• Do you have any kids of your own at similar ages?
  • Are you ok with the fact that my child is older and they’re going to need a little more homework help? 
  • (If needed) Do you have a driver’s license? 
  • How far do you live? How far are you willing to travel?

How much childcare can you afford?

I have live-ins asking for $1,500 a week. Woah. Excuse me???

There’s how much you can afford and then there’s the cheapest version you can stomach. I’ve seen daycares where I knew I couldn’t put my child there. 

What I’ve found is that usually what you end up paying for childcare is a little more than you can afford. It’s the ultimate champagne taste on a beer budget, especially when you’re a new mom and a new real estate broker. Just remember: It’s the cost of business. The cost of working.

In Manhattan, most people pay $800-$1,000 a week for a nanny. Daycare is similar. An au pair gets about $200 a week.

Plus, there are the possible extra expenses:

  • Metro card
  • Transportation: Will they drive, take the bus, or do they only Uber?
  • Vacation days

Like finding the right person, trust your gut reaction on the price and the quality. If you look at that person and you hate them every time you hand them their paycheck, you’re probably paying too much.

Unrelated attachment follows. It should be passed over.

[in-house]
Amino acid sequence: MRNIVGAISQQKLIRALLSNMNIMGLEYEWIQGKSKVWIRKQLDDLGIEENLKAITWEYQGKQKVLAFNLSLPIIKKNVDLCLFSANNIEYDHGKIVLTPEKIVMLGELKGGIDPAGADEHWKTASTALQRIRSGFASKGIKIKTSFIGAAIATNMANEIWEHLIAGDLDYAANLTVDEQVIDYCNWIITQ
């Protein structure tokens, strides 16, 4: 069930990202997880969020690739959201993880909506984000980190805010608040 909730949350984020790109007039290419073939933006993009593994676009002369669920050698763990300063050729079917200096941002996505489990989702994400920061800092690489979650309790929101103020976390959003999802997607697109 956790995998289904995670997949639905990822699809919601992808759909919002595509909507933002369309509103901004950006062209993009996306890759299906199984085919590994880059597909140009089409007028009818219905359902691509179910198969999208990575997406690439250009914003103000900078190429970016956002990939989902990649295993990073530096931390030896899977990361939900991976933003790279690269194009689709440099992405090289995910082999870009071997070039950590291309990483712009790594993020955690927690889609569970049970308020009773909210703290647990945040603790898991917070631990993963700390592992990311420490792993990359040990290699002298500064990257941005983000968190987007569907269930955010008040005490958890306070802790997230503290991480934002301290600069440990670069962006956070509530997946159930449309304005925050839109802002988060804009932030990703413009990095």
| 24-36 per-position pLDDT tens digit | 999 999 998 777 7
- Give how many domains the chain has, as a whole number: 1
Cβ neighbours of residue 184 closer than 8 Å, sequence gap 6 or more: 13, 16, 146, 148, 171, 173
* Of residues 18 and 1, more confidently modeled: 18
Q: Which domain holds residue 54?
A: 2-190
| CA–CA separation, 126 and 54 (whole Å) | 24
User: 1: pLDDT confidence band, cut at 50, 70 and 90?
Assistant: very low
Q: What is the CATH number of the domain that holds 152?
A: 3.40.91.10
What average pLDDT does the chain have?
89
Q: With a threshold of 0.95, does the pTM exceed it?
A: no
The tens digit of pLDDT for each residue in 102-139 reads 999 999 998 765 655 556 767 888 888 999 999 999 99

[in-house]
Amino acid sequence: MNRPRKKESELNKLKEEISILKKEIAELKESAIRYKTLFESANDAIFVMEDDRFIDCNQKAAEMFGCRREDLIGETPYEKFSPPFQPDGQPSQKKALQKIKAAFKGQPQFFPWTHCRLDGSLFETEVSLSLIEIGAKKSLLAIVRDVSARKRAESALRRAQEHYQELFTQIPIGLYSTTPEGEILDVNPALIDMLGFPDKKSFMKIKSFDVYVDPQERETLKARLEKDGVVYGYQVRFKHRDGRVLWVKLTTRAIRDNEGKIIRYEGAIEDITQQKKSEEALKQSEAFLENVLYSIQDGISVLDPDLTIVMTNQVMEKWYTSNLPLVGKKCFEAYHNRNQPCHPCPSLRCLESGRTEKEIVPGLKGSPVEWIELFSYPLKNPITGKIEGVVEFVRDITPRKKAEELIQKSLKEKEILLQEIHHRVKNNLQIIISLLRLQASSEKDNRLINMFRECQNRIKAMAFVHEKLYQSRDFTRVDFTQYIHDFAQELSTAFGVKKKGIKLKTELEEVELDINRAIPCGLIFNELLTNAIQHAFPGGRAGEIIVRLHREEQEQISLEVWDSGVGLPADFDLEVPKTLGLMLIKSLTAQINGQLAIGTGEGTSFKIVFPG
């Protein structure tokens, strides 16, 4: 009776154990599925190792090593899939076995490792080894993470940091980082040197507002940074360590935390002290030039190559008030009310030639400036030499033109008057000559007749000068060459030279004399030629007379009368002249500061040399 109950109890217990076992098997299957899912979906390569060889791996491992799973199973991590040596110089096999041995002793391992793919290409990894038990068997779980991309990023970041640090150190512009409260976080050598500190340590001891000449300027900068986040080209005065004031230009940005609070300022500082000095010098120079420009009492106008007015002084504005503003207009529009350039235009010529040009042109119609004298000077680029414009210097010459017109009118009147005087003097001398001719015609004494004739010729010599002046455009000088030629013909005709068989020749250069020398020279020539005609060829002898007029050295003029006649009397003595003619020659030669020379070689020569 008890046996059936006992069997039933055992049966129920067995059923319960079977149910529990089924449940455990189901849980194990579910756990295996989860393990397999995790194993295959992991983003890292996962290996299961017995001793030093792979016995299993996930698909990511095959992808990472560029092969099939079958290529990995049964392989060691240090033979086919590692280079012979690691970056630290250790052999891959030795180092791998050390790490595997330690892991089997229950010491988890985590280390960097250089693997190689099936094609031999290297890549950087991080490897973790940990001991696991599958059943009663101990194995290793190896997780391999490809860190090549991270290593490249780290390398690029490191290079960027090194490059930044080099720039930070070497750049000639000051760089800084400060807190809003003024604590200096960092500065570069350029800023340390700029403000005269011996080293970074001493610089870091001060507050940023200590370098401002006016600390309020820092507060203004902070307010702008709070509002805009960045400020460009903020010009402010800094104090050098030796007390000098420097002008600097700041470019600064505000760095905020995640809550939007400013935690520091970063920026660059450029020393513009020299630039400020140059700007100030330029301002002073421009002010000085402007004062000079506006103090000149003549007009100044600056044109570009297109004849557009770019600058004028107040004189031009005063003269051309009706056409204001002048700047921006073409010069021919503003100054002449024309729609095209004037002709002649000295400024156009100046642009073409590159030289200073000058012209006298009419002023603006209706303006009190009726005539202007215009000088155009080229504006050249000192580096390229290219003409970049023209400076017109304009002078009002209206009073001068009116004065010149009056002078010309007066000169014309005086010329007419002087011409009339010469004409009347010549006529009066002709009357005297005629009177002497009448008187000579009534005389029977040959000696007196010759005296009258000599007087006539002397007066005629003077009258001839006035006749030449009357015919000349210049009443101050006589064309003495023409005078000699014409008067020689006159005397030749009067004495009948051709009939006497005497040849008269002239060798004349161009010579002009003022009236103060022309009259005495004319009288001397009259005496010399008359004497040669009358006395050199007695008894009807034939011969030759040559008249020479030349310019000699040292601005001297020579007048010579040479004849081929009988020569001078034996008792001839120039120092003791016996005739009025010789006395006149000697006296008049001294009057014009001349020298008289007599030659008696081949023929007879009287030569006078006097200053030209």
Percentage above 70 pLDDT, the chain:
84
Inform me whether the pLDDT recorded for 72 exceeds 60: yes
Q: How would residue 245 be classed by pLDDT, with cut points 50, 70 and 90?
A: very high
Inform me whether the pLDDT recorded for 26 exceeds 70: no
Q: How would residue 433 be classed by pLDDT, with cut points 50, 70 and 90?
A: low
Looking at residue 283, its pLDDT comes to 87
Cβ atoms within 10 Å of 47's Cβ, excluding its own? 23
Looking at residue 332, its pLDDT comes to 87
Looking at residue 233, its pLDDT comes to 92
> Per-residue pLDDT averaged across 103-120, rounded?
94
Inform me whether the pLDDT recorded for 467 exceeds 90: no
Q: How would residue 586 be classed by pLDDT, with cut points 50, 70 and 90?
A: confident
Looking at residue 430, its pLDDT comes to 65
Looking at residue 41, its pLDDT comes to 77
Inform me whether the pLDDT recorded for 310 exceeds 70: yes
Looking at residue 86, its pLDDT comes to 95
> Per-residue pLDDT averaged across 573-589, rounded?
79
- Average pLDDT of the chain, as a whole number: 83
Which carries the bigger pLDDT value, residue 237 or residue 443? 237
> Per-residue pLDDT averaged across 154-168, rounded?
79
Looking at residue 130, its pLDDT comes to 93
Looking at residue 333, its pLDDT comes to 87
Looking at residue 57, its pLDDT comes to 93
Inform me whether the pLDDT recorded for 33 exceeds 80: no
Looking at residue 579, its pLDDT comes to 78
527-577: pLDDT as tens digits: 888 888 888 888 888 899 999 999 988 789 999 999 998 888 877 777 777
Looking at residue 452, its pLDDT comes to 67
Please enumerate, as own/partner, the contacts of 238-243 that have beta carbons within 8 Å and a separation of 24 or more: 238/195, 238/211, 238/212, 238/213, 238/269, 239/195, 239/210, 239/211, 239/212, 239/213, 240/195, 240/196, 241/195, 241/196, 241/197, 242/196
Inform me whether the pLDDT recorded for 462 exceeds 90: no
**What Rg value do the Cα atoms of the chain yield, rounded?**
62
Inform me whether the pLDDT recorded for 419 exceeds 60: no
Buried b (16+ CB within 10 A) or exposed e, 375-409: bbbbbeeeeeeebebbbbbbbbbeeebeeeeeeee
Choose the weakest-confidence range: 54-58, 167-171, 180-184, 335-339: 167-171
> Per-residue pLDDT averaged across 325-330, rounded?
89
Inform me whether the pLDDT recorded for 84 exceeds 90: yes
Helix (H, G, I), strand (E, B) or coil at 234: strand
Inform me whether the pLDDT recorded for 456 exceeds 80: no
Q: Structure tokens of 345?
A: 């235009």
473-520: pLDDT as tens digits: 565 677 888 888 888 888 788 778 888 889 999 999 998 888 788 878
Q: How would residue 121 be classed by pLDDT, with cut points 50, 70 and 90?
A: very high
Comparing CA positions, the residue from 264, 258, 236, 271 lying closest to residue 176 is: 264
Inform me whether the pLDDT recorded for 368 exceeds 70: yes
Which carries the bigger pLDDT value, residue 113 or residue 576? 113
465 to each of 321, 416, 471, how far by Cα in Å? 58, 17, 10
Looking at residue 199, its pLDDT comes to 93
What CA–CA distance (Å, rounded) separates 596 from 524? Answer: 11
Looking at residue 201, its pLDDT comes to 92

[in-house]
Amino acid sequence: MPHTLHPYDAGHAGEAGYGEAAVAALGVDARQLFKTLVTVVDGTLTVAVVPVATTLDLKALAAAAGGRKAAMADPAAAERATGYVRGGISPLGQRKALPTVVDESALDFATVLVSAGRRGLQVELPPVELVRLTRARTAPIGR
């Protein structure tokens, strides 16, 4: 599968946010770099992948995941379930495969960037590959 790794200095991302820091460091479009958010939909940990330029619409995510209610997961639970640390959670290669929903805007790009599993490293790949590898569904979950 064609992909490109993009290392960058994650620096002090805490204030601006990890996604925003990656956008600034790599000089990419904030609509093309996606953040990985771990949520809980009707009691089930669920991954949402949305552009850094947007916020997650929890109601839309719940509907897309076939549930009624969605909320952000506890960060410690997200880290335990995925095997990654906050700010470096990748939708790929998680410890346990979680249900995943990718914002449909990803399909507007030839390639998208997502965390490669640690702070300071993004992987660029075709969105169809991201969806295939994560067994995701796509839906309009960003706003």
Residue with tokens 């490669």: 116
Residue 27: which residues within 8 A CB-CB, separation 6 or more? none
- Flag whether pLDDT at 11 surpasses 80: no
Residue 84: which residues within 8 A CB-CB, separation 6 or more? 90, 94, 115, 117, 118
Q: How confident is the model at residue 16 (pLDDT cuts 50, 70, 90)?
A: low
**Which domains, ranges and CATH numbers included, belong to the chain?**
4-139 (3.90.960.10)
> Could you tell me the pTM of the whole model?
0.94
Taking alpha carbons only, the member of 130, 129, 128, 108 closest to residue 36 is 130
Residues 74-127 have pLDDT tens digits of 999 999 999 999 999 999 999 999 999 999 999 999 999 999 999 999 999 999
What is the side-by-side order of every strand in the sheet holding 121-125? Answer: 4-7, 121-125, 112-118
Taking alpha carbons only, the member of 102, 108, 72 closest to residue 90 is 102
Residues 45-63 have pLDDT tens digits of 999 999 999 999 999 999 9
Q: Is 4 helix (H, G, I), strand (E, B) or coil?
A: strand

Listen, in every single industry, it’s very hard to find good people. They should be compensated fairly and treated fairly. You should be generous when it’s time to be generous, such as at holidays. Make sure people have real responsibilities and are bringing real value.

Where to find your childcare provider

I have gone the route of paying for access to a database, and I have gone the route of asking around and on Facebook, and I have to say asking around and on Facebook wins hands down. You get long paragraphs from people you trust about how wonderful this or that person is, you can’t wait for them to come into your home. Social proof is the best proof, I’ve found, that you’ve happened upon the right person for your family. Plus, no weeding through resumes. 

When you’re looking, let everyone know you’re looking. Ask around the office, the playground, everywhere. 

Know thyself as well. If you’re a spoiler, get references from hard-asses. Try to find people who have been trained by others.

How to Keep it Fresh

There’s this saying Italian that basically means, “The best broom is the new broom.” Like at all jobs, people start to slack over time. 

The best way to feel in the end like the relationship is going to last is asking yourself whether you come home and feel like, Wow, you did a really good job today, or if you come home from your job and feel like you have another job to do. 

When I need to give feedback, I try to remember to take myself out of it. I remind myself I’m doing this for my children. I’m doing this to be a good parent. 

It’s not about you, it’s about you being a good parent. I want to feel like I look at my kids and I feel like they’re thriving. 

That’s what the right childcare will give you.